From his policy work on Capitol Hill to navigating Y2K and 9/11 with government agencies, Thomas Zoeller understands what it means to be an adviser to decision-makers when the stakes are high. For the general counsel of markets and regulation at Norfolk Southern Corporation, the key is to be the “alter ego” of whomever he’s representing—a passionate advocate for his client.
“It’s important that individuals you’re working with understand that you are a team player and have a shared commitment to the goal, whether it’s for the agency, the client, or the company,” Zoeller says. “We all have different roles to play and my role as a lawyer and senior policy person has been to ask challenging and probing questions—not to suggest I’m smarter than anyone, but to offer a different perspective and make sure we’ve collectively thought through all the pluses and minuses of a particular action.”
That wisdom is rooted in one of Zoeller’s first career experiences. After getting his law degree from Seton Hall University, the young attorney began his career in the Federal Election Commission. His time at the regulatory agency furthered his interest in merging his legal know-how with government, leading him to the office of Senator Wendell Ford, where he served as a legislative assistant and counsel.
He spent his days working closely with Ford as they sat next to each other on the Senate floor during quorum calls, talking about the history of the chamber and the various legislation being considered.
“That relationship fundamentally helped me in all my future jobs, especially in Washington, DC,” Zoeller reflects. “You’re always working for someone in authority and a lot of times you have to be the alter ego for that individual. You have to be able to think like them, act like them, and speak like them.”
He continues, “I couldn’t impersonate Ford, but I could get a flavor for how he would communicate. So, when I would write things for him or talk to other people, I would try to bring his persona into that conversation and into that work.”
In addition to being a trusted advisor as well as learning how to be succinct and precise during briefings, Zoeller got a crash course in humility.
“Sometimes leaders agree to something that you advised against, but it’s not my decision to make. My job is to support them,” he says. “If I’ve I told them to go A and they went B, now I’m going to do whatever I can to make B successful. As an advisor, you need to be humble in part because you’re working with larger entities and the larger enterprise is more important than you are.”
After seven years of advising the senator on transportation, federal government, and telecommunication matters, Zoeller went on to work for the Federal Aviation Administration (FAA) with Jane Garvey where his early work in that role centered around Y2K. As the year 2000 approached, there were concerns over how computers and integrated systems would react to the date change.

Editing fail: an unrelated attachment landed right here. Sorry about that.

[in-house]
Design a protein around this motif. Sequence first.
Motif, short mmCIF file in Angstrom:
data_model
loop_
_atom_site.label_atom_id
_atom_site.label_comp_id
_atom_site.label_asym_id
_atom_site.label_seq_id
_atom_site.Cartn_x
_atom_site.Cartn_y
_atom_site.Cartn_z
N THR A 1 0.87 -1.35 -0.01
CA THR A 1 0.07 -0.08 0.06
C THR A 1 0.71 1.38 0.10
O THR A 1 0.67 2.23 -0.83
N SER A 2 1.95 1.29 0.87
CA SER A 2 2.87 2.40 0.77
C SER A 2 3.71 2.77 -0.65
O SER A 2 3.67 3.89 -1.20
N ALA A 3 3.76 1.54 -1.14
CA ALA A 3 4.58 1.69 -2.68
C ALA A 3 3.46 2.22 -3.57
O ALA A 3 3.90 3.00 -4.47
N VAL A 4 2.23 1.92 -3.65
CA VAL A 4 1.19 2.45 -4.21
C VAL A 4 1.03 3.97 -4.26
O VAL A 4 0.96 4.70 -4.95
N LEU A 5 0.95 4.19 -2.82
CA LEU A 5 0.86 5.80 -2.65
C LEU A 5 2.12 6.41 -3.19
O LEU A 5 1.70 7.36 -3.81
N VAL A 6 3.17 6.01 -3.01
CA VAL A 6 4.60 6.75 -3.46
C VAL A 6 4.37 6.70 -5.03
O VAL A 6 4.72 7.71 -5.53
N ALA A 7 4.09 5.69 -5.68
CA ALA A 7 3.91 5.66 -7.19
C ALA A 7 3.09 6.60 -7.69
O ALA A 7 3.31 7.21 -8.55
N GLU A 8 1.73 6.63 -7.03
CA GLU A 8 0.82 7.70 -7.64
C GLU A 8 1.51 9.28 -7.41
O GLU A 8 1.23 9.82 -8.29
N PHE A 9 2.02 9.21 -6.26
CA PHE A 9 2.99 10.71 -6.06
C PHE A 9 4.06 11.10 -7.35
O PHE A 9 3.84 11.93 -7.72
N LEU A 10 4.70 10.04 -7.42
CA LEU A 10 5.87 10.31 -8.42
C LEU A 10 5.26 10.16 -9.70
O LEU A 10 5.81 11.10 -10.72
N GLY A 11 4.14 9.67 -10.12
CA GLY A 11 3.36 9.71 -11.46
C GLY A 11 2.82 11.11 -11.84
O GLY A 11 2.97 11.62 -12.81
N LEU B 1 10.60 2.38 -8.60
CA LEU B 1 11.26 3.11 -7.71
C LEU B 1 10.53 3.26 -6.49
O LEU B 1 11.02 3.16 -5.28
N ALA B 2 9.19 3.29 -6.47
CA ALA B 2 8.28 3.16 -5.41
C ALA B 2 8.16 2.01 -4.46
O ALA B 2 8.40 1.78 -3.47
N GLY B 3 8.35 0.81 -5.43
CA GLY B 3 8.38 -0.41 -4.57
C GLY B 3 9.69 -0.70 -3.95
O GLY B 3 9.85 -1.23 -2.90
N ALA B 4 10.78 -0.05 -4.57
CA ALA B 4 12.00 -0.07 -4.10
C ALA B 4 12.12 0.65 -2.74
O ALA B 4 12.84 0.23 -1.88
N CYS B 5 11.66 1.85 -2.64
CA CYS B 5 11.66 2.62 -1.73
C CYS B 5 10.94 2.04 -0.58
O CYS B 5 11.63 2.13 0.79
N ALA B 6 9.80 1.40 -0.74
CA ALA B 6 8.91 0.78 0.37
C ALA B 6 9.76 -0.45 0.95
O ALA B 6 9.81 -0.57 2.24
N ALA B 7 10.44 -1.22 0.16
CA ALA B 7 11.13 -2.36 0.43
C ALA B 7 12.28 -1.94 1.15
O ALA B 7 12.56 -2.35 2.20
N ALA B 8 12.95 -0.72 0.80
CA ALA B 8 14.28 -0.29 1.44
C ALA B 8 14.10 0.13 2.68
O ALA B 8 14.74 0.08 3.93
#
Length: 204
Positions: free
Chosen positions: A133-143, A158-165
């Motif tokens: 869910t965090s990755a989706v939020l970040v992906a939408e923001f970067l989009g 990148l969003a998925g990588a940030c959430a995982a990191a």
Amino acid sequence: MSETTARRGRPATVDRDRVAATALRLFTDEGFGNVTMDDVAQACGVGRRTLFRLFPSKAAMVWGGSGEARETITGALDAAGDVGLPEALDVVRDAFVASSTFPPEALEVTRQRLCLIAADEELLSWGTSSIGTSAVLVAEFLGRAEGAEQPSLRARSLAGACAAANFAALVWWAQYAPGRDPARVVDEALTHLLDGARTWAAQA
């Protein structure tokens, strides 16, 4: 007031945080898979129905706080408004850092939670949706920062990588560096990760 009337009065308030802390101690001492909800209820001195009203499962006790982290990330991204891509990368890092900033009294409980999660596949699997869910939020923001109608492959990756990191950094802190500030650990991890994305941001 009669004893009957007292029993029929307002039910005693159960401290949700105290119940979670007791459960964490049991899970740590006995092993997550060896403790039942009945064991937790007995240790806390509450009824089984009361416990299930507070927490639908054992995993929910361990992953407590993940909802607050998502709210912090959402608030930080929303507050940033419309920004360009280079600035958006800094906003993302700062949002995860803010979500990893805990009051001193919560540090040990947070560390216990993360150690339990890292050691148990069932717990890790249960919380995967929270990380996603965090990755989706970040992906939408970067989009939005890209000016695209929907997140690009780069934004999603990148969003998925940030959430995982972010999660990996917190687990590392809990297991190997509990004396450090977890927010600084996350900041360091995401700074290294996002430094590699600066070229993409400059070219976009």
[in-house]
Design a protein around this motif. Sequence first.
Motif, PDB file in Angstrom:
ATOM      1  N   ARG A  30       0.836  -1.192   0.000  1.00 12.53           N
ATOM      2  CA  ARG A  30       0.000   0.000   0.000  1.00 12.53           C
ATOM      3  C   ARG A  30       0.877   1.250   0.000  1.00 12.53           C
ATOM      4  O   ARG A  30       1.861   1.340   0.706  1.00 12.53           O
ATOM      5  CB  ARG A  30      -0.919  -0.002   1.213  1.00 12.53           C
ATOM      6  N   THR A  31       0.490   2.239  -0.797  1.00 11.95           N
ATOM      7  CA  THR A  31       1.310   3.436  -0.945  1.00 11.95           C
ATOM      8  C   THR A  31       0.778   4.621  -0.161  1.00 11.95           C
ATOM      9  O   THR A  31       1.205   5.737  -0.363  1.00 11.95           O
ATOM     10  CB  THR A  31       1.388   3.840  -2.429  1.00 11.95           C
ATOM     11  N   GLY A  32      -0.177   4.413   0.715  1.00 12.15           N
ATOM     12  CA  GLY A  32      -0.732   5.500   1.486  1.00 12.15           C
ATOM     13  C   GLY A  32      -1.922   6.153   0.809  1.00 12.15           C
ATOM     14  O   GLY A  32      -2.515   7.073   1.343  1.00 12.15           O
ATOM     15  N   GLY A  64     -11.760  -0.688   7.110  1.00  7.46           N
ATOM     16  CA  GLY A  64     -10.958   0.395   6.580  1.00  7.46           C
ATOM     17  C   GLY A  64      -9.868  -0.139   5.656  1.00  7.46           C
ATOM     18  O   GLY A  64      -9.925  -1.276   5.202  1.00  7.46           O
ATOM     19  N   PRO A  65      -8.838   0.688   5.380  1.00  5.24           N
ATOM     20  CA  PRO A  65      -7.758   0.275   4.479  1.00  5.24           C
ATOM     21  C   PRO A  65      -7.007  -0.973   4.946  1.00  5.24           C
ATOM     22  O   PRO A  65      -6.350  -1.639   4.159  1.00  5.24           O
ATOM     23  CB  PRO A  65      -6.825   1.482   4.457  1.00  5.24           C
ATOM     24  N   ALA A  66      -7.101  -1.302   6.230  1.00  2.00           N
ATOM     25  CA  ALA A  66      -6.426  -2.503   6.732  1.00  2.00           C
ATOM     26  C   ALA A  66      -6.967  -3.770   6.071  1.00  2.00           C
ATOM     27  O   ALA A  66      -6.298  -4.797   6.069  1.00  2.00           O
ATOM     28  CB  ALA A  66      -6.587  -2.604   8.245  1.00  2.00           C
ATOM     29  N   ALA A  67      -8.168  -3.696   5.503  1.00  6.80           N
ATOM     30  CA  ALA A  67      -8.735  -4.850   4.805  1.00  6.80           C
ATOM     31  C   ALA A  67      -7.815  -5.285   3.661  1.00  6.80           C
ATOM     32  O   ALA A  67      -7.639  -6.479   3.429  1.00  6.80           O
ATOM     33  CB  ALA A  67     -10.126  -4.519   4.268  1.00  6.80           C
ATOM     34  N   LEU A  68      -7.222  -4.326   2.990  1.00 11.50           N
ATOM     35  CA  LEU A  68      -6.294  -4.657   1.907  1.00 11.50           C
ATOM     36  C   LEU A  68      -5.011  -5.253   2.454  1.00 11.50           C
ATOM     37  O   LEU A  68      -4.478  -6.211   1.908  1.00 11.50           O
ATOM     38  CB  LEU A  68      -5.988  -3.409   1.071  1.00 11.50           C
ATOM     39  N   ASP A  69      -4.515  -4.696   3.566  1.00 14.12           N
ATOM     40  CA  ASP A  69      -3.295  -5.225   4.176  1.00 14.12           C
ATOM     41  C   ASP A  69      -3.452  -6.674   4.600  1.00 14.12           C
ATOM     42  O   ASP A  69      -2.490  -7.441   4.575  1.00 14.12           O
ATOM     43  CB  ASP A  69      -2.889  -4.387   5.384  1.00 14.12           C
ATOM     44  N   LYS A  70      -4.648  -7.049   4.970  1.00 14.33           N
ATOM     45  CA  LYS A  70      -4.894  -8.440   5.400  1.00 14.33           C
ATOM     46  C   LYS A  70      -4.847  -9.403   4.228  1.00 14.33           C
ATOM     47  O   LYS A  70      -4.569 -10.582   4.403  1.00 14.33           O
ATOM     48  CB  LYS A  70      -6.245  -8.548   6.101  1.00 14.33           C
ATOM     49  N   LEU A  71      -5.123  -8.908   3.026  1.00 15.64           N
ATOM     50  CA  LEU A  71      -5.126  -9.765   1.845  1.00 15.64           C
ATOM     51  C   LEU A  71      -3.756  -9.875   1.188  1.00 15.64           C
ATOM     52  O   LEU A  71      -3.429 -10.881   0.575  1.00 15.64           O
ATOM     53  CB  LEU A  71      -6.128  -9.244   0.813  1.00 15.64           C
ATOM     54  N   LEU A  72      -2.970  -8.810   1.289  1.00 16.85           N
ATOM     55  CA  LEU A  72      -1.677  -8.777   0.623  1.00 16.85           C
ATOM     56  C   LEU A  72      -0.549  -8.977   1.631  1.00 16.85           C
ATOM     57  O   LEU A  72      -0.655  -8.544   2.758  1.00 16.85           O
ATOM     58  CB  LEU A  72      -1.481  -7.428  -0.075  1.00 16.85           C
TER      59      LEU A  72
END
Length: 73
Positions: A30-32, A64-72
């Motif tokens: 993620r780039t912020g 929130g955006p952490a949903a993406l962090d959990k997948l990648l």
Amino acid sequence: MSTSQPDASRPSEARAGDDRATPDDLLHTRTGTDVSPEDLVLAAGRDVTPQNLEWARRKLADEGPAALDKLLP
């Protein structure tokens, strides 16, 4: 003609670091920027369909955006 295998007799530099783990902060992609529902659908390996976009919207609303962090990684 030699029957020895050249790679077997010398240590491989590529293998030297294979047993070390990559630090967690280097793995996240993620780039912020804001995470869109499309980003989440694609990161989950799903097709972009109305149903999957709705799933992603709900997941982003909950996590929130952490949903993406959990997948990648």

In the aviation space, some wondered whether the change would wreak havoc among air traffic control systems, prompting Zoeller and his colleagues to ensure the system would transition smoothly. He accompanied Garvey to multiple hearings and ultimately became chief of staff.
After successfully navigating Y2K, the FAA and Zoeller had bigger challenges ahead. It would shut down the aviation system completely a year later, amid the 9/11 attacks. Then, it would be tasked with reopening the system with a new security paradigm.
“That had never been done in the history of modern aviation in the United States,” he recalls. “I don’t think you can really describe the level of stress, risk, concern, and number of stakeholders involved in that decision-making from the president on down. It was one of the most intense periods of time.”
Despite how difficult it was to navigate, the experience taught him how to respond during a crisis and prepared him for another high-stakes role at the National Transportation Safety Board, where he helped leaders respond to various accidents. “You have to be calm, deliberate, and measured in how you respond,” Zoeller explains. “I always remind people that you can’t always control circumstances, but you can control how you react.”
Today, he leverages those experiences at Norfolk Southern, where he and four other attorneys provide legal, political, policy, and business support to the company’s operations and customers. As GC, he’s an accessible leader who believes that the best decisions come when diverse viewpoints collaborate.
Recently, Zoeller’s focus has been on preparing the next generation of leaders in the company through leadership development training. He advises young attorneys to be patient in order to succeed.
“This generation has a sense of urgency to make it quickly to the next level,” Zoeller observes. “But getting experience prepares you for the next level you want to move to. The higher you move up in an organization, your ability to rely on your experience becomes more important for you to see the bigger picture.”
“Regardless the storm, Tom always seems to be a calm voice of reason. He’s a true asset to Norfolk Southern Corporation. And our firm really enjoys enjoy working with him.”
—Casey Talbott, Member